Currently, heart disease kills more people than anything else.1 A total of 610,000 men and women per year in the U.S. That’s about 1 in every 4 deaths. So, reducing your risk ought to be high on your to do list. Sadly, that probably means lifestyle changes like not smoking or drinking, eating better and exercising more. But what about essential oils for heart health.
Are There Any Good Essential Oils for Heart Health?
While diet and exercise changes are the most important, essential oils can help too. They come from a variety of fragrant plant sources like flowers, leaves and wood. You can either breathe in the scent or apply them to your skin when they are mixed with an oil that dilutes their potency. Some are toxic to consume, so be careful about putting them in your mouth.
In all honesty, there is little proof that essential oils have positive effects for people with heart disease, but there is evidence that they reduce stress and anxiety.2,3 Both are strongly associated with high blood pressure, which of course leads to heart disease.4 In fact, a recent study showed that essential oils reduced blood pressure for participants.5 It found that short bursts of aromatherapy with essential oils was effective, but longer than an hour actually had the opposite effect.
Some of the Best Essential Oils for Heart Health
Basil for Lower Cholesterol
Here is a common herb you are probably already familiar with. It is also one of the best essential oils for heart health. You often find it in food like pizza and soups. It’s also full of magnesium and vitamin K and can lower LDL’s.6 This is the bad cholesterol (it isn’t actually cholesterol, but does carry cholesterol) that is associated with hardening of the arteries.
Cassia for Blood Sugar and Insulin Control
Cassia is an herb that has been shown to lower blood sugar while increasing insulin.7 This is important because high blood sugar can result in more plaques on artery walls.8 Furthermore, insulin forces sugar out of the blood and into cells. Thus, cassia uses this double-whammy to keep artery walls clear and thus heart disease in check.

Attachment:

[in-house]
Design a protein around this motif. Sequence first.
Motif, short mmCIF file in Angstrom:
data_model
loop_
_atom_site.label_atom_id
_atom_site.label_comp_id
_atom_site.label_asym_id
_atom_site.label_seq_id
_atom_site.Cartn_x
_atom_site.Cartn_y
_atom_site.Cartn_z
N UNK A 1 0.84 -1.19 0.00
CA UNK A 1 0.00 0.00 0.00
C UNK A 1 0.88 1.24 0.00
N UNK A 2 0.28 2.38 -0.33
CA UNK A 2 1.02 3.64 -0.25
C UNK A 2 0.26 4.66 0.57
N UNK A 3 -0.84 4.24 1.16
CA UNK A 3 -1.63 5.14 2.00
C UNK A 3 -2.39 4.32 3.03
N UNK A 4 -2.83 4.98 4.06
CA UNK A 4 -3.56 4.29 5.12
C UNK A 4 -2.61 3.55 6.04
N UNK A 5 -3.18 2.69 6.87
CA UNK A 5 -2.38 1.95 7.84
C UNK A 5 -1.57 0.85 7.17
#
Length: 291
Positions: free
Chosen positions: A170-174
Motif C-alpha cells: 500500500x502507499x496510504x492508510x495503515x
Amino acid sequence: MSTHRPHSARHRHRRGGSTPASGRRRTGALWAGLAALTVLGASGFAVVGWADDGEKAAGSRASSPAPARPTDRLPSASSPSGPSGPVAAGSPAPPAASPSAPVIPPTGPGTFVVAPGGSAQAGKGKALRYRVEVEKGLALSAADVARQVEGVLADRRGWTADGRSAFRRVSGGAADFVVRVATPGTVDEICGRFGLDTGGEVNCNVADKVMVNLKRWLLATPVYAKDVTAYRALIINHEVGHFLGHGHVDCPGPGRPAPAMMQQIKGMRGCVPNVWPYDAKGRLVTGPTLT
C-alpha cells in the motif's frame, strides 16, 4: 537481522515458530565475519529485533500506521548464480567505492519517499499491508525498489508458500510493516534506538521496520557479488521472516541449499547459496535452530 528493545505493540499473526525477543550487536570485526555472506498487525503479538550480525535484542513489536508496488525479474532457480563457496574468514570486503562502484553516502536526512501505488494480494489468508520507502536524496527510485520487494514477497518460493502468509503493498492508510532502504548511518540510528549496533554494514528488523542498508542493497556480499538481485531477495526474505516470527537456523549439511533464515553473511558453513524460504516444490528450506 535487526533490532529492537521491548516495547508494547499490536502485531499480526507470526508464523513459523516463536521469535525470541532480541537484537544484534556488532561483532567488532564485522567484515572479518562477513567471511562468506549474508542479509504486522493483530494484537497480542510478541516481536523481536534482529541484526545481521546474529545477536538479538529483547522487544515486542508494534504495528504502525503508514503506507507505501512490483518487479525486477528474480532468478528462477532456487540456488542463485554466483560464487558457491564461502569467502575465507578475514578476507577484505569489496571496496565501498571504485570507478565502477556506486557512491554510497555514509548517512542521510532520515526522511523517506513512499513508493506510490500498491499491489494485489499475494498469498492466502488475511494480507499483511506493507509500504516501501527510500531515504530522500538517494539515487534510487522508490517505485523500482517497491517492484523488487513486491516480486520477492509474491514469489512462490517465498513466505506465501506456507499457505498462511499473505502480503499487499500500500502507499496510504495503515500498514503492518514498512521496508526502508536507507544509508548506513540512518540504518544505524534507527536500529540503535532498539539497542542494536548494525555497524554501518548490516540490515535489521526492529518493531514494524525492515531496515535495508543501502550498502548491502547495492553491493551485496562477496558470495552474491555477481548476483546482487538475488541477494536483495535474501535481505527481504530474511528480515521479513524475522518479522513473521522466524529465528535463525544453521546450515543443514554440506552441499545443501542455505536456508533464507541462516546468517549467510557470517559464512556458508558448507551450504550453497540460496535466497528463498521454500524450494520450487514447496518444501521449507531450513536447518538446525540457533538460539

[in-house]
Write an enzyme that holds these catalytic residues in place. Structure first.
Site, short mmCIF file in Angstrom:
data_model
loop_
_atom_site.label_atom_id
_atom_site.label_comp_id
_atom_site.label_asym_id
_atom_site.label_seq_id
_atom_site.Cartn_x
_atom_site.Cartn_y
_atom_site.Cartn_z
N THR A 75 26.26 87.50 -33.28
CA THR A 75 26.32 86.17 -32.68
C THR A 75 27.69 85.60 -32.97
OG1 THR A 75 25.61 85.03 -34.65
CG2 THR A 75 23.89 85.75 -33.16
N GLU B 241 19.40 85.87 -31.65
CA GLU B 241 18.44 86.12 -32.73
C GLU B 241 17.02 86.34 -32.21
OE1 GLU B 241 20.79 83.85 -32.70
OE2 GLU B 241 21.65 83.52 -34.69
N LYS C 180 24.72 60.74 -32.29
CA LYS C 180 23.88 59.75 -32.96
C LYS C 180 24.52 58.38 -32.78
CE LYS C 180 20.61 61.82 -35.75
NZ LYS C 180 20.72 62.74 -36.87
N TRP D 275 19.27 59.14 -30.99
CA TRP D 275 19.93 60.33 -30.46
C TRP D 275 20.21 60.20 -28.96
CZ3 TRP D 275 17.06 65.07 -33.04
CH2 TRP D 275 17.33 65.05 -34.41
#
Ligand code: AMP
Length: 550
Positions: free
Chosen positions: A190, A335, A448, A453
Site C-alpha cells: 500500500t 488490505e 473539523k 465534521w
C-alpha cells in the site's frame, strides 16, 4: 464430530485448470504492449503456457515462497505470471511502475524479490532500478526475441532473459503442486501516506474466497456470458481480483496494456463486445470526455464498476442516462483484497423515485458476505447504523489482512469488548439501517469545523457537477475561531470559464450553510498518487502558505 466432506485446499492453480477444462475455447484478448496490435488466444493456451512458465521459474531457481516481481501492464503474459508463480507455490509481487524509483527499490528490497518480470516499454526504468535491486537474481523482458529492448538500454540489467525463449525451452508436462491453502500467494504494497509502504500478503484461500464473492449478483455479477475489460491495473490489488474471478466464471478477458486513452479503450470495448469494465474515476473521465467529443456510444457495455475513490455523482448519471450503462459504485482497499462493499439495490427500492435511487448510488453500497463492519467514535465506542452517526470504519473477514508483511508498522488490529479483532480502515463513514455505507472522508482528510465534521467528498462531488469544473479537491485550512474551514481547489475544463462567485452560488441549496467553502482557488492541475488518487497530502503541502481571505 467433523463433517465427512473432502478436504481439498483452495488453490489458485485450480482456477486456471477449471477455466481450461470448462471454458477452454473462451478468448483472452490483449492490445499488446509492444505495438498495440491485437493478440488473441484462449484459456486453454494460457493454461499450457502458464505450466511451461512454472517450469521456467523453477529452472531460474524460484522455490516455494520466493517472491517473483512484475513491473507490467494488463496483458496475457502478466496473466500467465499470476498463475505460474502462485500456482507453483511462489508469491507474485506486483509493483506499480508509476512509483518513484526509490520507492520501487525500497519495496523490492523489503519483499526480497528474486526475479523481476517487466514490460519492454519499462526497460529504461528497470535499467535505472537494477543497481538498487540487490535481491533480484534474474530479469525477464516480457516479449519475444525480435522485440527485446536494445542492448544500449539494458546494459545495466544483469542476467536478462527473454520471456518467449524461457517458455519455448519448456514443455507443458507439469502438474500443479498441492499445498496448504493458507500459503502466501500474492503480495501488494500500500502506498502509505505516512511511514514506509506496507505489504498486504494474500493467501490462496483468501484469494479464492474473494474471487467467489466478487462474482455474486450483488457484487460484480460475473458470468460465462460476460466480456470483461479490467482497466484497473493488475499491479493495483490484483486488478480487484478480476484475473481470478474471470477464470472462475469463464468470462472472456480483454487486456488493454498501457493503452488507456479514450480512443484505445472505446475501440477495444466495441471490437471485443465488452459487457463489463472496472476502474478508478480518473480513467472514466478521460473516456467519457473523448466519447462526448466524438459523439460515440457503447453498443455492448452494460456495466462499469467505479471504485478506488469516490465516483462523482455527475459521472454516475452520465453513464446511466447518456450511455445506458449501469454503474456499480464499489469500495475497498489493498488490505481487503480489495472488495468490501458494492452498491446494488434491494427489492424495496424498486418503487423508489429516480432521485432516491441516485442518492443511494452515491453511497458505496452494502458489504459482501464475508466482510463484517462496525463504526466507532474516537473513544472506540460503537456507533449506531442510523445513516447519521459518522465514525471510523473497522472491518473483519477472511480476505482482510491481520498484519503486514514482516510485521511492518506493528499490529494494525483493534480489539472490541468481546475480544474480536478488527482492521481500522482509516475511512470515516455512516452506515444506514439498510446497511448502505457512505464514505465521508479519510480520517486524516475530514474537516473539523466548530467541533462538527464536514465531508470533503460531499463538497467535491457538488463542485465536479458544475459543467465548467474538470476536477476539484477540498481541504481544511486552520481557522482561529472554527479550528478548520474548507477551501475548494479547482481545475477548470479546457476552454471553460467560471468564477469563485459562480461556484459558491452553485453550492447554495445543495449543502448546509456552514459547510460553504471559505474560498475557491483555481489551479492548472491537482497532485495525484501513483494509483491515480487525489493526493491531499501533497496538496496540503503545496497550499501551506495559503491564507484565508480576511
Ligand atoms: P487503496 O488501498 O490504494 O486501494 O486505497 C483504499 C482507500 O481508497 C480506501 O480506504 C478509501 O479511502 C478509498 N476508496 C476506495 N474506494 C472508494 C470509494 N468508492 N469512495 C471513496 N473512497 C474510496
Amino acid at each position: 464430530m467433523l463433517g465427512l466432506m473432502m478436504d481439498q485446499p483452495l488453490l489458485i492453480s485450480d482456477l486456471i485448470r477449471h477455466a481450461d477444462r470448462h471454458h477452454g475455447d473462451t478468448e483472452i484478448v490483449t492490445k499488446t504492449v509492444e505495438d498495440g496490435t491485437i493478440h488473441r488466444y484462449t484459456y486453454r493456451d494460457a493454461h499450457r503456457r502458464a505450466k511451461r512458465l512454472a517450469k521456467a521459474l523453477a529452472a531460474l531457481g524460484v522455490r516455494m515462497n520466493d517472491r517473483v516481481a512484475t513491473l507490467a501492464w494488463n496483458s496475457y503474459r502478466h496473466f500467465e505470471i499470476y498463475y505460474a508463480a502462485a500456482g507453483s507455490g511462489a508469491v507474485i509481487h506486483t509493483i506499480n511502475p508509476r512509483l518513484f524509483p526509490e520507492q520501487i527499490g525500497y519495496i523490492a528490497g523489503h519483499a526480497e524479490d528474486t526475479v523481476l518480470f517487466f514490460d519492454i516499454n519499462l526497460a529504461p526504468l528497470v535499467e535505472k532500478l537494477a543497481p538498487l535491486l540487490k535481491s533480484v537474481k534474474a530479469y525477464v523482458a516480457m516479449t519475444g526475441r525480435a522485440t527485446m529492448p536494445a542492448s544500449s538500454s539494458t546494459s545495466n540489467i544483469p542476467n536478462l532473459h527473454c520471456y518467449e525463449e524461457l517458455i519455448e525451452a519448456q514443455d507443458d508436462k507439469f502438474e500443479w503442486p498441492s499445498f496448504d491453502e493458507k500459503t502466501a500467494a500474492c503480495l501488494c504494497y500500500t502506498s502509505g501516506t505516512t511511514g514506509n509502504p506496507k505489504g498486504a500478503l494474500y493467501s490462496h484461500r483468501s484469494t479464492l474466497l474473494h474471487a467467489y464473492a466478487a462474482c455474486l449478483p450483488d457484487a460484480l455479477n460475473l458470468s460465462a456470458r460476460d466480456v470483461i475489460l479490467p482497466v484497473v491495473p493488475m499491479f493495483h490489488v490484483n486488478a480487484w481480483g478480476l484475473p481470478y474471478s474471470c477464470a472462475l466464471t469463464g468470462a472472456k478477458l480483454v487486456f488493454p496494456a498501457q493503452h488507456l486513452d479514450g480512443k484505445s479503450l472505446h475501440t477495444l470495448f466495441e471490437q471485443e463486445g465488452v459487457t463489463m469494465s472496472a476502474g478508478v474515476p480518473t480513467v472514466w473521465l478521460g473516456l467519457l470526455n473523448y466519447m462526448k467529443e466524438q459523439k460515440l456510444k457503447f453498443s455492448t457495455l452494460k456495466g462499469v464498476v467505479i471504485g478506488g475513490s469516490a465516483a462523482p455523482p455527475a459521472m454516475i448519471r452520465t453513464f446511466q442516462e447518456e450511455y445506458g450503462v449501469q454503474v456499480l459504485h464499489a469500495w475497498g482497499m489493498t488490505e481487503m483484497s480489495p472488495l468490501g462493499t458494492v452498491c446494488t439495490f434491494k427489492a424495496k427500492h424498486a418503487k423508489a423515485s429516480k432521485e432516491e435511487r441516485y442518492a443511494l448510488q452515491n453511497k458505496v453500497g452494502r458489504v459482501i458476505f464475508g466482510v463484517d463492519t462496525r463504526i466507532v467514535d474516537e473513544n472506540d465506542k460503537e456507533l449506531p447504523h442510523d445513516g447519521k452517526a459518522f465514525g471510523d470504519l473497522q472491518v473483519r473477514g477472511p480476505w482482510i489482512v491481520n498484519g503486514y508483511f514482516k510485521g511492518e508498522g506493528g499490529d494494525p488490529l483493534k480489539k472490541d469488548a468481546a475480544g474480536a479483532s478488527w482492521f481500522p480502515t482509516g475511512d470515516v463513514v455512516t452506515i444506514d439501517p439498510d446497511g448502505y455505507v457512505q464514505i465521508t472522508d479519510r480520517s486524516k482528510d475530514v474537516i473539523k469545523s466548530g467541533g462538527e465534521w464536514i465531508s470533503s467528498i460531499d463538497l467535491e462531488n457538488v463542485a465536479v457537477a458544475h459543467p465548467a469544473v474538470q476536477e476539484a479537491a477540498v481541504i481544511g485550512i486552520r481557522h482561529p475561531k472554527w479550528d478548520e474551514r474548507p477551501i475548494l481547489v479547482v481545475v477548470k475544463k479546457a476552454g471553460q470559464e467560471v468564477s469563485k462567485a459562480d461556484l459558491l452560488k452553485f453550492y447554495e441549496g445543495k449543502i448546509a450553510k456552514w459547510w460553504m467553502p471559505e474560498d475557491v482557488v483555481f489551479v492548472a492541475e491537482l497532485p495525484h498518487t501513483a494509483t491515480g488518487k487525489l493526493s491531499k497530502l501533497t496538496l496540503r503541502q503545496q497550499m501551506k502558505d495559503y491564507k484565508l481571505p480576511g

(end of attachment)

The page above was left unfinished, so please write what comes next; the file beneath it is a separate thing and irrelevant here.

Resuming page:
This herb is a white-ish, pink-ish flower that grows from a shrub. Some research shows it can decrease systolic blood pressure.9 This is the pressure in your arteries when your heart beats. If it is too high, you literally risk bursting a blood vessel. Its not much unlike blowing out a sprinkler when the water pressure is too high.
Eucalyptus, also to Lower Blood Pressure
Many products that treat colds, such as cough drops, include eucalyptus. It helps open your airways and provides some relief to a sore throat. Yet it also helps your heart by reducing blood pressure. One study shows that inhaled eucalyptus has a significant effect.12
Ginger with Antioxidants and Fewer LDL’s
Ginger is another well-known herb from Asia and is also one of the most powerful essential oils for heart health. Native foods to that area of the world commonly include it. First, it contains antioxidants, which are associated with a healthy heart, but also helps relieve nausea. Second, it lowers LDL’s that can lead to heart disease.13
Helichrysum for Even More Blood Pressure Relief
There’s a good chance you haven’t heard of this one. Helichrysum is a plant with reed-like flowers. It also helps you to maintain a healthy blood pressure.14
Lavender to Calm and Relax (and Make You Smell Good)
Lavender is pretty common and you might even have some in your garden. Chances are its in your soap and perfume too. Some people even use it to shoo away mosquitos. More importantly, lavender induces calmness and relaxation. Thus, it reduces blood pressure and ultimately benefits your heart.15
Marjoram Means Better Blood Flow
Marjoram is a Meditteranium herb very similar to oregano. It earns its place as a powerful essential oil for heart health for lowering blood pressure.16 It accomplishes this by stimulating improved blood flow. This lowers blood pressure while also increasing oxygen to every cell in your body.
This one is so nice they named it twice. Not really, but inhaling it is nice. In fact, in one study, it displayed a sedative-like effect. This lowered blood pressure and also the heart rate of participants.17